5 pieces of Facebook guidance for the uncool

Elizabeth Newman
Elizabeth Newman

As some of you know, none of the cool kids are using Facebook anymore. However, given its growth among those above age 65 (your residents) and its continued use among 30-somethings and up (your employees), it's worth being clear on some easily-avoidable professional and personal problems.

These aren't all unique to long-term care, but in all scenarios, the biggest piece of advice to remember: What is my (or my community's) news to share?

Here are some case studies to help:

1. My co-worker/sister/daughter is in labor!

I'm at an age where there are lots of babies. This is exciting! It's so exciting people often want to post that they are excited to be an aunt/grandmother again or happy to welcome the newest member of the “Lake Shores Nursing Home” community.

This is fine IF or AFTER the parents have posted the information. This may be a few days, given that your coworker/family member has GIVEN BIRTH.

If in doubt about sharing or posting about someone's child, always ask first. Remember: Not everyone wants to share this information on social media. Plus, not to sound morbid, but pregnancy, labor and delivery can go wrong. It's not your place to celebrate prematurely, even if your intentions are good.  

2) I have a new job!

Or perhaps you are interviewing. Or your spouse may have a new job, and you are moving. Ask: Has the background check cleared? The offer letter signed? A start date decided?

Job offers can go away due to corporate problems, or what was promised in salary can fall apart. In an era where everyone is connected, you have two options: Lock down your profile so only the closest of close friends can see it or wait until news is official. You might even want to wait until your second day.

It's not unlike email: Before you send/post, ask what it would be like if the written words were public.

3) My resident celebrated her 105th birthday!

Every facility is different, but signed consent forms are your friend. Also, was family present during this celebration? If so, are they posting the photos and identifying the facility? Who else is in these photos?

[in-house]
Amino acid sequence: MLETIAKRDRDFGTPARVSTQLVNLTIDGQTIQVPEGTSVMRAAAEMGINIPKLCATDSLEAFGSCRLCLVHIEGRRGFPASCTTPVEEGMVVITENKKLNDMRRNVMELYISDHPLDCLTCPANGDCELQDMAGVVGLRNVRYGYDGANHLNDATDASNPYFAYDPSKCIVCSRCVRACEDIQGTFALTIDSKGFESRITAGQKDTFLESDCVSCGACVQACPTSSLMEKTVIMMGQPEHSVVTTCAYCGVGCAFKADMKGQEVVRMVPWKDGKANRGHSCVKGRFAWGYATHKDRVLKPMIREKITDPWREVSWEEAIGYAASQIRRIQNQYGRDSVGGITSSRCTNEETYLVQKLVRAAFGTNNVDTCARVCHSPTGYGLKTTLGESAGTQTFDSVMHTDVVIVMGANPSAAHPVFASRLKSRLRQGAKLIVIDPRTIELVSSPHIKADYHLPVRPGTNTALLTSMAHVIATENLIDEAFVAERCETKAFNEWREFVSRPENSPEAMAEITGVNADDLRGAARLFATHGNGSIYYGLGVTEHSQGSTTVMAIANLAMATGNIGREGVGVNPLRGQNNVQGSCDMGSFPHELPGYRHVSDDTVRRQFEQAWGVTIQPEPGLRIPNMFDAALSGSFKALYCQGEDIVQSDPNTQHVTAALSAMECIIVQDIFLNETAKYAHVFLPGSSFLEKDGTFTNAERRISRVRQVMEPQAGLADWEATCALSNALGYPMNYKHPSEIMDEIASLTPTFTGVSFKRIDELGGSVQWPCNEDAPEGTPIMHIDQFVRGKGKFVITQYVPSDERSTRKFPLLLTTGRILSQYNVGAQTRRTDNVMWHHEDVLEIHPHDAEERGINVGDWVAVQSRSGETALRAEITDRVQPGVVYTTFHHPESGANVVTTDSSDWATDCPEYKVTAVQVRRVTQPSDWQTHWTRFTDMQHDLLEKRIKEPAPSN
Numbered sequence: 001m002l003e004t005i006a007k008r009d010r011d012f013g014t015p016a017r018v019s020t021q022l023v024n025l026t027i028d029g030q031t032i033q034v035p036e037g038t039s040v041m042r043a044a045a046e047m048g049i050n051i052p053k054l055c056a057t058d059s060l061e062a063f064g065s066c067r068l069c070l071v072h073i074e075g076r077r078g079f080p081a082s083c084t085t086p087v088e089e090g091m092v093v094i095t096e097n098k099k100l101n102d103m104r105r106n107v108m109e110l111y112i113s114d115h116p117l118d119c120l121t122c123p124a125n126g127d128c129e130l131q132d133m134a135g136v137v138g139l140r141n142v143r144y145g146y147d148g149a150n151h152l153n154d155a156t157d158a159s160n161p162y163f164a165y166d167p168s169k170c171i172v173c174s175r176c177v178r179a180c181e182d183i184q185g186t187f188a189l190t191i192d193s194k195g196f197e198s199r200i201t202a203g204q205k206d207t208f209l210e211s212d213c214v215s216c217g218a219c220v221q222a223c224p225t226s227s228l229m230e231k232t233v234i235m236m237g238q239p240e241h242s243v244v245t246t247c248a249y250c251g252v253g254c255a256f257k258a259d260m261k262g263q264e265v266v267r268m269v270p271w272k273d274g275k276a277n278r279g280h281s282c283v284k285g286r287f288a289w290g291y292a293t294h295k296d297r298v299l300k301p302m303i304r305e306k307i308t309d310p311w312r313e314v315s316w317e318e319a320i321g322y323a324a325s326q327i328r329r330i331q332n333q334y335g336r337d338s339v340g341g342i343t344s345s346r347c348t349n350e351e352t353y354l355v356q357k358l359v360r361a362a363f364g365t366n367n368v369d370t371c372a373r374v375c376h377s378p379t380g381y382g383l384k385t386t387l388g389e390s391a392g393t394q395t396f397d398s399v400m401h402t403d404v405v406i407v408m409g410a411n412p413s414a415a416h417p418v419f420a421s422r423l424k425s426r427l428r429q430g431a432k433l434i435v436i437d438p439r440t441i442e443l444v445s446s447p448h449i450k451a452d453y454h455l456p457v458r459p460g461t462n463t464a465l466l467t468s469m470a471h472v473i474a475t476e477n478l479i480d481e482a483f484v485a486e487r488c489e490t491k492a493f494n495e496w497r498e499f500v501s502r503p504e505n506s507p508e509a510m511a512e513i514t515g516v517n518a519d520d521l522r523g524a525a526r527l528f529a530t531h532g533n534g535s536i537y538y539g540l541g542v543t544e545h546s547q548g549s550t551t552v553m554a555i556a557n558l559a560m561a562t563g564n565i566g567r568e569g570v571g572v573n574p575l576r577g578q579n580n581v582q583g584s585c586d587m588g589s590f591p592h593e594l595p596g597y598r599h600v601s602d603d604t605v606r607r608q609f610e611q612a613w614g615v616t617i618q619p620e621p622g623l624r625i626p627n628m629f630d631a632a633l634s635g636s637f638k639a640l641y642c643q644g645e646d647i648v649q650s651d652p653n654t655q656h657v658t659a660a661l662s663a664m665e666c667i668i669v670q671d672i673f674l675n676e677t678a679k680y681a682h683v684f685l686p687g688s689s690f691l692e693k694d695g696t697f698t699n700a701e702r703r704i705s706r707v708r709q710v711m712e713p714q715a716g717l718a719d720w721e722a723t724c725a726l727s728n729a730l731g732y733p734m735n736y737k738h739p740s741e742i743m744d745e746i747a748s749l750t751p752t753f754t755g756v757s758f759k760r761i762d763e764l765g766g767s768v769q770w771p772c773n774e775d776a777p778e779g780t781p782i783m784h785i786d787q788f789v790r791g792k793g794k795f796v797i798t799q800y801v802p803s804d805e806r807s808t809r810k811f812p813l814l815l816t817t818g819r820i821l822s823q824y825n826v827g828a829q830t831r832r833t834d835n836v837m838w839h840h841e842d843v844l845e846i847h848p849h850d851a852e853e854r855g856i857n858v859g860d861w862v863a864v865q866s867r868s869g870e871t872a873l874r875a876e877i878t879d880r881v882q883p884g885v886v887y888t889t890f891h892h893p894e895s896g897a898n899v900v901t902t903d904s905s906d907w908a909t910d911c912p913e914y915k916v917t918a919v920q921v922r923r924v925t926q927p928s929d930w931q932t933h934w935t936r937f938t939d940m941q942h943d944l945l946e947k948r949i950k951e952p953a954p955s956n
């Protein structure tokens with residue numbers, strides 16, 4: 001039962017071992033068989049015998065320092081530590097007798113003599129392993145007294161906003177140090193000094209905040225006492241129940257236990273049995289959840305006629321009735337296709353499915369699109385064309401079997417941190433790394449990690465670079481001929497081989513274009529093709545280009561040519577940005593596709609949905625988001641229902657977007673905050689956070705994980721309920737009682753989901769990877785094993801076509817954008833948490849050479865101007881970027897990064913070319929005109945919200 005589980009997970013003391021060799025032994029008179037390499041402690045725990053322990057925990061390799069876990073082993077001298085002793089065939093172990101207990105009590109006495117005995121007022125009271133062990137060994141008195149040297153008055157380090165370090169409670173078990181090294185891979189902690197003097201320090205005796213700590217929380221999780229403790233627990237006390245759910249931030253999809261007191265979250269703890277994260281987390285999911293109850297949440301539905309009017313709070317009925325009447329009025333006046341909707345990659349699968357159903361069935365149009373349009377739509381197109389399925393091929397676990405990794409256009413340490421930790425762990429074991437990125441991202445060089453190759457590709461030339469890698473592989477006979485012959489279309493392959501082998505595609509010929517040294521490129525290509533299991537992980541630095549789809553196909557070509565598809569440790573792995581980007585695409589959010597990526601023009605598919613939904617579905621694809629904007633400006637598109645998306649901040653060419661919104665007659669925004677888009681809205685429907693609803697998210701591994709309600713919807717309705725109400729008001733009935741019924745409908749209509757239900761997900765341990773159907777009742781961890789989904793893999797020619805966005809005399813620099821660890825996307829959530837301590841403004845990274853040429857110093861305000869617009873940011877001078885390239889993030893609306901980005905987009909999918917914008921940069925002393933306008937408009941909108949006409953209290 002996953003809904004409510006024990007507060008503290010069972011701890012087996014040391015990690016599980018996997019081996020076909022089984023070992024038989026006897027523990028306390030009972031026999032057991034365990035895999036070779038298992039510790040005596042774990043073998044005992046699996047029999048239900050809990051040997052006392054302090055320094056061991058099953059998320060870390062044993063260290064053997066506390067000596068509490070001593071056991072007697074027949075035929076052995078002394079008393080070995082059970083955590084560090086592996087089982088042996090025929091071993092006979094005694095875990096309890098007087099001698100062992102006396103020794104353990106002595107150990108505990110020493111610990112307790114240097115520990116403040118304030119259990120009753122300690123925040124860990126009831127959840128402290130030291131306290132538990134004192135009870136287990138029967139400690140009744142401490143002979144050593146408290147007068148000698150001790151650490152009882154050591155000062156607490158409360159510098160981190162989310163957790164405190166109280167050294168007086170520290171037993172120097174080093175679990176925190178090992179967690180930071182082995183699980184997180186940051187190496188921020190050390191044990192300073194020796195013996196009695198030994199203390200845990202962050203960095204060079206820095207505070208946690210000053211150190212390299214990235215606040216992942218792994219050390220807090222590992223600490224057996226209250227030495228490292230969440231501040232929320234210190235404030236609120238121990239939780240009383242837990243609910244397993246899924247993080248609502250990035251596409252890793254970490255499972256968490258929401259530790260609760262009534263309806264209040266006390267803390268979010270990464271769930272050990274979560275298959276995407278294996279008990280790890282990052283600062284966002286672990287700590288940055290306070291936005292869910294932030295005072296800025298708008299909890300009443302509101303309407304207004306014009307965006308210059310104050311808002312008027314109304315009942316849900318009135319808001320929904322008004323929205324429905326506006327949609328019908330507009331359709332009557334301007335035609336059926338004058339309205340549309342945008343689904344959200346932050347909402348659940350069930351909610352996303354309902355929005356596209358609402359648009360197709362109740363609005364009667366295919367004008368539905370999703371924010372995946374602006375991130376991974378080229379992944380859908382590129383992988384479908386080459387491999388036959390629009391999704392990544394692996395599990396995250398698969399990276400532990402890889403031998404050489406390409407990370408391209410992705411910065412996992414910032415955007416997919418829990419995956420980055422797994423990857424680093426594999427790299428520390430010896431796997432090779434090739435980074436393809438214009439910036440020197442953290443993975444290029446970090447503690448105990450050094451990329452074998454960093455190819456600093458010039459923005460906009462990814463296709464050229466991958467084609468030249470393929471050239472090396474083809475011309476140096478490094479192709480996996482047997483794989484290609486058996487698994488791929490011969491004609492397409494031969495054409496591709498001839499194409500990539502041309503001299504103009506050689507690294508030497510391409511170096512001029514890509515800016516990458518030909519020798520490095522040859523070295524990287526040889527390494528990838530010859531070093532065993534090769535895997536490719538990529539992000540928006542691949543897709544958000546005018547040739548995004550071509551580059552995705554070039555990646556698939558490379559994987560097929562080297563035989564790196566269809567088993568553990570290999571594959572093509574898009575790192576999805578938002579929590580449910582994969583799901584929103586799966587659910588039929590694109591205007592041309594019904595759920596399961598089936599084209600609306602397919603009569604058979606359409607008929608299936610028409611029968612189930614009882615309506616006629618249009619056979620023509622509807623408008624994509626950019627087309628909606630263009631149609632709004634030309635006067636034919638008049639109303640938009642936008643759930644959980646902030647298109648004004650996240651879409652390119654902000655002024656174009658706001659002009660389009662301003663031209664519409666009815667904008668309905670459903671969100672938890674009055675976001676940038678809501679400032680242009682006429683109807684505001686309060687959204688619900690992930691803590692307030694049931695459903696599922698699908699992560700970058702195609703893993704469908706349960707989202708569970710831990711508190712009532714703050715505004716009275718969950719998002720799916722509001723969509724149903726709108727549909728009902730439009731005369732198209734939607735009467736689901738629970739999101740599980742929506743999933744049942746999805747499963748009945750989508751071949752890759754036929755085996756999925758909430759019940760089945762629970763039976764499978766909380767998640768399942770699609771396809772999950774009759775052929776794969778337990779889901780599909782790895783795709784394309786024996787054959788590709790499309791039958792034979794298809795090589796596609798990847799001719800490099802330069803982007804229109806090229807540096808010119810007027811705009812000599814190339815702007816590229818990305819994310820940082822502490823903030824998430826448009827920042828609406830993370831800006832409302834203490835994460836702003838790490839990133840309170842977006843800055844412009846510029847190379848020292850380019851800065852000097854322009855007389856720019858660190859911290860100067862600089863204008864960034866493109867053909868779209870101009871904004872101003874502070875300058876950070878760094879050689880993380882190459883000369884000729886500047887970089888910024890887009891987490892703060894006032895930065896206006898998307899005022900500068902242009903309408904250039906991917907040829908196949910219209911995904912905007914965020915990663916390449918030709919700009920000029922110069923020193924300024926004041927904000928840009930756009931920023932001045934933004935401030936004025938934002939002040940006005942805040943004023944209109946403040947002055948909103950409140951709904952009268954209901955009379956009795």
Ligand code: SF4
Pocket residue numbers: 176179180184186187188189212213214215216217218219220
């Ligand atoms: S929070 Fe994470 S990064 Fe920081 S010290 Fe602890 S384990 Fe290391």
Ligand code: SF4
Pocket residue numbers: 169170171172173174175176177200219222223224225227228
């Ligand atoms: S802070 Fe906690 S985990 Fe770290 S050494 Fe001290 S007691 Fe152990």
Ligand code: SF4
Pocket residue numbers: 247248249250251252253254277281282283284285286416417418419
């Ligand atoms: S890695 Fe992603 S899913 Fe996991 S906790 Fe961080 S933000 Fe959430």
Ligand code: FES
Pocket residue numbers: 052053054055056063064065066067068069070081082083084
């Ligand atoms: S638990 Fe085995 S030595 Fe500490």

Don't let fear stop you from promoting positive activities — just remember to have permission.

4) My co-worker/parent/friend is very ill.

Facebook is often a source of support in these situations. A few points to remember: One, messages in Facebook are automatically “reply all.” If you don't want everyone on the thread to see your response, start a new message.

Second, if a person is dying, assume that is not widely known. Even good intentions — reminiscing, posting old photos, posting how much you love the person on his wall — will trigger an entire network of people to start asking questions. Ask yourself: Is this helpful to the family?

Third, if the news is publicly announced, much like in a sympathy card, take a moment to ask if the person wants religious words of comfort.

5) My CEO did a line of cocaine at a meeting, yelled a few expletives and ran half-naked out of the room. Ten of us were there.

I am confident the photos and video are amazing, and they will leak. Report immediately to your marketing department for a discussion of managing this crisis. If you are in the marketing department, designate someone to manage all social media channels 24-7. Good luck.

Elizabeth Newman is Senior Editor at McKnight's. Follow her @TigerELN.


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Daily Editors' Notes

McKnight's Daily Editors' Notes features commentary on the latest in long-term care news and issues. Entries are written by Editorial Director John O'Connor, Editor James M. Berklan, Senior Editor Elizabeth Newman and Staff Writer Emily Mongan.

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